This article needs additional citations for verification. (December 2009) (Learn how and when to remove this template message)
In law, severability (sometimes known as salvatorius, from Latin) refers to a provision in a contract or piece of legislation which states that if some of the terms are held to be illegal or otherwise unenforceable, the remainder should still apply. Sometimes, severability clauses will state that some provisions to the contract are so essential to the contract's purpose that if they are illegal or unenforceable, the contract as a whole will be voided. However, in many legal jurisdictions, a severability clause will not be applied if it changes the fundamental nature of the contract, and that instead the contract will be void; thus, often this is not explicitly stated in the severability clause.
If a provision of this Agreement is or becomes illegal, invalid or unenforceable in any jurisdiction, that shall not affect:
- the validity or enforceability in that jurisdiction of any other provision of this Agreement; or
- the validity or enforceability in other jurisdictions of that or any other provision of this Agreement.
Severability clauses are also commonly found in legislation under constitutional law, where they state that if some provisions of the law, or certain applications of those provisions, are found to be unconstitutional, the remaining provisions, or the remaining applications of those provisions, will, nonetheless, continue in force as law.
A broad example would be one like this:
If any one or more section, subsection, sentence, clause, phrase, word, provision or application of this Ordinance shall for any person or circumstance be held to be illegal, invalid, unenforceable, and/or unconstitutional, such decision shall not affect the validity of any other section, subsection, sentence, clause, phrase, word, provision or application of this Ordinance which is operable without the offending section, subsection, sentence, clause, phrase, word, provision or application shall remain effective notwithstanding such illegal, invalid, unenforceable, and/or unconstitutional section, subsection, sentence, clause, phrase, word, provision or application, and every section, subsection, sentence, clause, phrase, word, provision or application of this Ordinance are declared severable. The legislature hereby declares that it would have passed each part, and each provision, section, subsection, sentence, clause, phrase or word thereof, irrespective of the fact that any one or more section, subsection, sentence, clause, phrase, word, provision or application be declared illegal, invalid, unenforceable, and/or unconstitutional.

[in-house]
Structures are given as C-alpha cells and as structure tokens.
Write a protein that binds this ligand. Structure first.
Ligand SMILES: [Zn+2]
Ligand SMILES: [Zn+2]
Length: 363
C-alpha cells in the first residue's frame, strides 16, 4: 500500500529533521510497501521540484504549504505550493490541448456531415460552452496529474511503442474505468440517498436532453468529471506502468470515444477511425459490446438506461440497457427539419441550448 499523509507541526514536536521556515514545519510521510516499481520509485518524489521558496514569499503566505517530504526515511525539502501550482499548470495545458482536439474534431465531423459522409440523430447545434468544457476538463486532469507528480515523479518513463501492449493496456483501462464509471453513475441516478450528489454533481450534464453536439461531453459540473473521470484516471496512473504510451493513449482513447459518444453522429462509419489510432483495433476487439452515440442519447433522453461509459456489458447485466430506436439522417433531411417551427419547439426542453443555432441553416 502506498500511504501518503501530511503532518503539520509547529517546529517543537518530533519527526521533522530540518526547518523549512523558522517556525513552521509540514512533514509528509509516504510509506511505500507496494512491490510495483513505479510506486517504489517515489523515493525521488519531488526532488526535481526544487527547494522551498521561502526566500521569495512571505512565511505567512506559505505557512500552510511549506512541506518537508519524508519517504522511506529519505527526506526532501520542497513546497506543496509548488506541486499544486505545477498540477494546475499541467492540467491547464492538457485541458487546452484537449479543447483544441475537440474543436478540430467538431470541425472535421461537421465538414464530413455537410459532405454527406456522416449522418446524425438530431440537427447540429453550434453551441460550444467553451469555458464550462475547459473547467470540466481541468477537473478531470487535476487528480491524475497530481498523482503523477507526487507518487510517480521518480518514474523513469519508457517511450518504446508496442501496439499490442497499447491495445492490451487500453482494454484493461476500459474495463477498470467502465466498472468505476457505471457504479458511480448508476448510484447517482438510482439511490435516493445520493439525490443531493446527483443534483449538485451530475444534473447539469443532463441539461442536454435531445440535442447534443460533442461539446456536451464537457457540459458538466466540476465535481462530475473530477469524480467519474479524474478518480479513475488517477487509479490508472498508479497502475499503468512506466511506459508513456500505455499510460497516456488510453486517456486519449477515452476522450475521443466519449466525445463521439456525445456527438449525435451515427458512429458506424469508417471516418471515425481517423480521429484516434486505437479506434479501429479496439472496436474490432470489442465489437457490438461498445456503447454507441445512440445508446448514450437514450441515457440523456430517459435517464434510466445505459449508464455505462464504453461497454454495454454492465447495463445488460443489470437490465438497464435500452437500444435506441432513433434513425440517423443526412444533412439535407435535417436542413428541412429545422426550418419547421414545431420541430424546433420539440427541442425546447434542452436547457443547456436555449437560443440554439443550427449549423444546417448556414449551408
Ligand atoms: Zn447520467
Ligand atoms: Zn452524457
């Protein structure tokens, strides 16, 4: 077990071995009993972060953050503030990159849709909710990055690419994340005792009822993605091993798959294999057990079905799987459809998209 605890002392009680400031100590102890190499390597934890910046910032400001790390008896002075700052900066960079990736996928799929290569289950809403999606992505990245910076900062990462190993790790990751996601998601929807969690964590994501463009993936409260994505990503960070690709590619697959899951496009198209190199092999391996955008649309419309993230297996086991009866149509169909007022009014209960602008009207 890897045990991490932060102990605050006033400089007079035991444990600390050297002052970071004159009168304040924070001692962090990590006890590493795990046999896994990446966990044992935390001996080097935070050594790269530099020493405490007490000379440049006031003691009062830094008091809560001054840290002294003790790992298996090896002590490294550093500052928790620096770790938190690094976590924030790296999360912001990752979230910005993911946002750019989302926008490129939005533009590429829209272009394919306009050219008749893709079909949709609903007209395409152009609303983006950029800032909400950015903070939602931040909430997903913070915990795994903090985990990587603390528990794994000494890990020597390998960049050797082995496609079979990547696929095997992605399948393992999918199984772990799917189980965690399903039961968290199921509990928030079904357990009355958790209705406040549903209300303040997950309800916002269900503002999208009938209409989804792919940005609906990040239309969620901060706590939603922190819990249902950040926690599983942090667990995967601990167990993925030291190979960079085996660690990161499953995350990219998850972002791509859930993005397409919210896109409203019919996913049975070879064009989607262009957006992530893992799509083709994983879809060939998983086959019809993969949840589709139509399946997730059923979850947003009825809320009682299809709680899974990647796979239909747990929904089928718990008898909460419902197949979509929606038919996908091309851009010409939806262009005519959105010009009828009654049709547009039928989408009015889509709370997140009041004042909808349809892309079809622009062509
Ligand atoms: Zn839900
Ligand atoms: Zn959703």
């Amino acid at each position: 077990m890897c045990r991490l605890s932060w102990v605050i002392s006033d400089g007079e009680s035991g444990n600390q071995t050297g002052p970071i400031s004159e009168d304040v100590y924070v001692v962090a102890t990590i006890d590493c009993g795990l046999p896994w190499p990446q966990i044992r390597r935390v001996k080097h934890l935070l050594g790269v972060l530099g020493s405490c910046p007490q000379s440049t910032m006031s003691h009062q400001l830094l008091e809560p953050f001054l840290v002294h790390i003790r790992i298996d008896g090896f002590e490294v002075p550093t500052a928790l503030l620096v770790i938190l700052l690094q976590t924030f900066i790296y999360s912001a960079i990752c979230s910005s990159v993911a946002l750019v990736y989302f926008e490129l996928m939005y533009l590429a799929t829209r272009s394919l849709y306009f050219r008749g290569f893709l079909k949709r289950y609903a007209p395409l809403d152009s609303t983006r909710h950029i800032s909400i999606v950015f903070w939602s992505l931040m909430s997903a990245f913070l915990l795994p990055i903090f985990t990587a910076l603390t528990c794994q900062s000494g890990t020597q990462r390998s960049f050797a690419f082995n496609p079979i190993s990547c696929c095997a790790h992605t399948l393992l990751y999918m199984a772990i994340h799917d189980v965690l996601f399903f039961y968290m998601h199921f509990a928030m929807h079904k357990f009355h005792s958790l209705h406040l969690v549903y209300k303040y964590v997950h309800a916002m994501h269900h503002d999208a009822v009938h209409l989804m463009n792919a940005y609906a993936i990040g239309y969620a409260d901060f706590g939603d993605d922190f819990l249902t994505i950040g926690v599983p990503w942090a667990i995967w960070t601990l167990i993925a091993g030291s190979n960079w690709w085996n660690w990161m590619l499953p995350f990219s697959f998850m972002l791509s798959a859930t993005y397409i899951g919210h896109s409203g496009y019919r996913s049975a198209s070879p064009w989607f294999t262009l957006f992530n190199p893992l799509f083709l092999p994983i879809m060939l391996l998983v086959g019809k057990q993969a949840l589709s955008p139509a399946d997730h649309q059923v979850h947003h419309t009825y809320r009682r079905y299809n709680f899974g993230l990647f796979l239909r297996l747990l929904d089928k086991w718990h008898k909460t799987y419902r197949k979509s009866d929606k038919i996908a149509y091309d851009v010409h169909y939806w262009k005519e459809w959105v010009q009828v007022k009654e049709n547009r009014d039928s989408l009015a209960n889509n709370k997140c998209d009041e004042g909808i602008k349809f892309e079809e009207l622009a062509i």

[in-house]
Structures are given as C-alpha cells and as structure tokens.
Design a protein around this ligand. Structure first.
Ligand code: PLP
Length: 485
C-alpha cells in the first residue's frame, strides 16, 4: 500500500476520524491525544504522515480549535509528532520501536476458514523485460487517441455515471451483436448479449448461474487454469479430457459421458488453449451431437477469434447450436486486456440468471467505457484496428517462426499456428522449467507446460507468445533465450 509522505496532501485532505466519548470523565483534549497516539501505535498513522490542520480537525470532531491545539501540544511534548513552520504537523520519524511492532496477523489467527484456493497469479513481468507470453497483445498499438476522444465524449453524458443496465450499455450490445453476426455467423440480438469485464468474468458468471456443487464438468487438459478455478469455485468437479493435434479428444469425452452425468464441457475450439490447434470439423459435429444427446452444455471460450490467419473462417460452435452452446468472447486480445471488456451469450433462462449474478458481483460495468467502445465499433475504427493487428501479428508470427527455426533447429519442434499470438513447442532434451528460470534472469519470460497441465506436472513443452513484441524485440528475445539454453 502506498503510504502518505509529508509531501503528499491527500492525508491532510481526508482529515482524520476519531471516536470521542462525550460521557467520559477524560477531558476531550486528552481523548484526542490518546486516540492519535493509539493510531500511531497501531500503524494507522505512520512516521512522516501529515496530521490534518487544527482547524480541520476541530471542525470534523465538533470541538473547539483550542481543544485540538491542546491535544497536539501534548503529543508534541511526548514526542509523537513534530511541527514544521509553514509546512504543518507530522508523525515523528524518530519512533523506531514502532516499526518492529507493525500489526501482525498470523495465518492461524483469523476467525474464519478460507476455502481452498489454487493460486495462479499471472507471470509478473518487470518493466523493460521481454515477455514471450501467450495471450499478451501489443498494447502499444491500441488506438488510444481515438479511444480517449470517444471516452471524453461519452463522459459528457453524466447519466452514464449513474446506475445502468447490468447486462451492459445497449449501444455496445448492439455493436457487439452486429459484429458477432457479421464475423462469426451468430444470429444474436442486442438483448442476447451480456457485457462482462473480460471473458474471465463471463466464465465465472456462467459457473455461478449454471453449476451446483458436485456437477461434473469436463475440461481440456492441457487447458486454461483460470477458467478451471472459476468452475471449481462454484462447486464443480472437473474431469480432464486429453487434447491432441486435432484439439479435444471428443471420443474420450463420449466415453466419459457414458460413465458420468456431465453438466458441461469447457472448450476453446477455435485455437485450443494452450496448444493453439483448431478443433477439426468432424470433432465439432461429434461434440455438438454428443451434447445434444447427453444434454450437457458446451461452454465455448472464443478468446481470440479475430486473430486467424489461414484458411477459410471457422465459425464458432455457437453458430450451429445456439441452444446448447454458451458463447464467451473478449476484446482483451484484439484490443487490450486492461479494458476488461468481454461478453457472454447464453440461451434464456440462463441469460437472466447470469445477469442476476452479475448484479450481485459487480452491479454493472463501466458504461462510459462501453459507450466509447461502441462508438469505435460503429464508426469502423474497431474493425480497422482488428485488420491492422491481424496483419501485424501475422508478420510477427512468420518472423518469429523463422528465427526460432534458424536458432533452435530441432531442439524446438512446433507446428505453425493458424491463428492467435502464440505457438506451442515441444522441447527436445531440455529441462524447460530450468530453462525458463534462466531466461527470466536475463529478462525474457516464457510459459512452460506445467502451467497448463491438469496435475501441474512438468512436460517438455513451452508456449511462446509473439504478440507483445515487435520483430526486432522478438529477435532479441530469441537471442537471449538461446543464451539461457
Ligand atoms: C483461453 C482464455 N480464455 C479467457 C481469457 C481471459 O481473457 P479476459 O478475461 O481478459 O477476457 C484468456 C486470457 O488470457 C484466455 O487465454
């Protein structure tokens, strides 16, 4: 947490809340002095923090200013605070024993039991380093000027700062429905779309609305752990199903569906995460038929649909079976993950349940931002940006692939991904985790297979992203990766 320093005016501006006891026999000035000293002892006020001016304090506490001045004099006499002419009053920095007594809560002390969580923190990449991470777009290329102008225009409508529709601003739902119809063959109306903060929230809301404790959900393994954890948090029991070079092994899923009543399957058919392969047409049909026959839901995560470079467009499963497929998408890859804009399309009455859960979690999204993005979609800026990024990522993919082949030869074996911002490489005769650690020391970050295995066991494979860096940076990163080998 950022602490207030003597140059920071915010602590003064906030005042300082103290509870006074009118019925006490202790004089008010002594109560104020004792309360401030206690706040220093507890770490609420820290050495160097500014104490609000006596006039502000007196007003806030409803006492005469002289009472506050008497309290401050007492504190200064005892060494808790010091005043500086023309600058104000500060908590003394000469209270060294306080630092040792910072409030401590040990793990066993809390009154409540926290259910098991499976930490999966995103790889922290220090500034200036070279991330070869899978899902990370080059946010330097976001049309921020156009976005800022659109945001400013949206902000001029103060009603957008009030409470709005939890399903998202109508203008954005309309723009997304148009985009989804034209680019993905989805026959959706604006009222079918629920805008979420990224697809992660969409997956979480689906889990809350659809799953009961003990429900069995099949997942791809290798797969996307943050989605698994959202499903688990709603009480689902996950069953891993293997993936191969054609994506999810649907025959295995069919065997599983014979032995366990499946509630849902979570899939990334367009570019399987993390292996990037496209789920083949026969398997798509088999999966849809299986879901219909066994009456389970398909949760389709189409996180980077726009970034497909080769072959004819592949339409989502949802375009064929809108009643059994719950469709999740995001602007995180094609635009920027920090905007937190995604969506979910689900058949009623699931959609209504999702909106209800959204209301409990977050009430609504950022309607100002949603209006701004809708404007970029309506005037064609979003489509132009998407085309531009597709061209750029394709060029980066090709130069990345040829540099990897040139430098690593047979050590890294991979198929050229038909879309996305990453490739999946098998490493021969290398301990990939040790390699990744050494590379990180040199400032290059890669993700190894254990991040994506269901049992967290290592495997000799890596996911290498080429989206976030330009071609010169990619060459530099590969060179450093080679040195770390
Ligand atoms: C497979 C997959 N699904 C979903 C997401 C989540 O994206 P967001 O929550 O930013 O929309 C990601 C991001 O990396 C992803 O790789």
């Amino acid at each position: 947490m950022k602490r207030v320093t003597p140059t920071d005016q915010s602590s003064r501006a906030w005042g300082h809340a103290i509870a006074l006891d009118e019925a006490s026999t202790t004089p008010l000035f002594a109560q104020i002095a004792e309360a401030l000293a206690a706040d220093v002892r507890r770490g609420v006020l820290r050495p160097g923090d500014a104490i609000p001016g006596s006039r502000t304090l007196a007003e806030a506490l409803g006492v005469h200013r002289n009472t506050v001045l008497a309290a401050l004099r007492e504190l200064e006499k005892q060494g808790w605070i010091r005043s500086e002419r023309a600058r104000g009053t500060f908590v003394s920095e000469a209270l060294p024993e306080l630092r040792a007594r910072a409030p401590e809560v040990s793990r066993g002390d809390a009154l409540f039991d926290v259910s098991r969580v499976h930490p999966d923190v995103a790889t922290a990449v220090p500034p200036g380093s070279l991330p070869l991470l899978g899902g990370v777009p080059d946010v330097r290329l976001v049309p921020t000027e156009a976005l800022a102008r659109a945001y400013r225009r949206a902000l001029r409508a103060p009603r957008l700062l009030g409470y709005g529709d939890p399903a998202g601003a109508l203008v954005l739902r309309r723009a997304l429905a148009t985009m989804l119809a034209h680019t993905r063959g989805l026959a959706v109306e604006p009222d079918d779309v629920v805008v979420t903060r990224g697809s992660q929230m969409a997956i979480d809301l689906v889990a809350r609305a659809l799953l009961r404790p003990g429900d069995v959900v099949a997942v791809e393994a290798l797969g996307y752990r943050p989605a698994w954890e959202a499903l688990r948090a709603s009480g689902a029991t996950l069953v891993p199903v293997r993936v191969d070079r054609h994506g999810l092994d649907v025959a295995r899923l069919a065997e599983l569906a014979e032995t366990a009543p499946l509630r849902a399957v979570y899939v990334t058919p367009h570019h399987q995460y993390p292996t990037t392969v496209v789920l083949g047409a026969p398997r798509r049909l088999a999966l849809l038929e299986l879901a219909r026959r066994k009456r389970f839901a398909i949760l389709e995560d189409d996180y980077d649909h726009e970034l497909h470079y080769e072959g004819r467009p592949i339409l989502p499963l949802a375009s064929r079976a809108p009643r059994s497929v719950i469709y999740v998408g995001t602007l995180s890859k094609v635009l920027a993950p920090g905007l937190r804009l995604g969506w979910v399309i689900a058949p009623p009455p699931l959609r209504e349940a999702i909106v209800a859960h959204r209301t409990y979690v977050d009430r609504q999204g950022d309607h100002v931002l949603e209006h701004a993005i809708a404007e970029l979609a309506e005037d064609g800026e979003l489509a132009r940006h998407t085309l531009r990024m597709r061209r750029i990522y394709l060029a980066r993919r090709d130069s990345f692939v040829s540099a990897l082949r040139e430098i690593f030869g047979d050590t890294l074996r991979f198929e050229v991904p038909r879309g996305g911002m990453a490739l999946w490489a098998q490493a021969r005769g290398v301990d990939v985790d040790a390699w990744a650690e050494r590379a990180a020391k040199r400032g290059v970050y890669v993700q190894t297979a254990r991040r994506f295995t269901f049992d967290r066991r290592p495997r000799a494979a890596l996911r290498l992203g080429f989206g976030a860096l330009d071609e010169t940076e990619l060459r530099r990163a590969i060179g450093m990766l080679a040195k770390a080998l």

Many laws have clauses specifying clearly the exact opposite, in which only all parts of the law taken together can be enforced: This act is to be construed as a whole, and all parts of it are to be read and construed together. If any part of this act shall be adjudged by any court of competent jurisdiction to be invalid, the remainder of this act shall be invalidated. Nothing herein shall be construed to affect the parties' right to appeal the matter. (example New Hampshire statute)
In court systems within constitutional law countries, judges may employ a severability doctrine when they deem one or more clauses of a passed statute as unconstitutional. This doctrine is used to evaluate the rest of the legislative statute, if it lacks severability clauses, to determine if the unconstitutional clauses can be severed from the rest of statute without affecting the intent or execution of the statute, thus keeping as much of the passed statute as possible. The severability doctrine is frequently used by the Supreme Court of the United States.
- "Liblicense". Library.yale.edu. 2013-01-24. Retrieved 2013-08-02.
- Rovzar, Chris. "Senate Will Vote on Marriage Equality Act Tonight, Religious Exemptions Agreed Upon - Daily Intelligencer". Nymag.com. Retrieved 2013-08-02.
|This legal term article is a stub. You can help Wikipedia by expanding it.|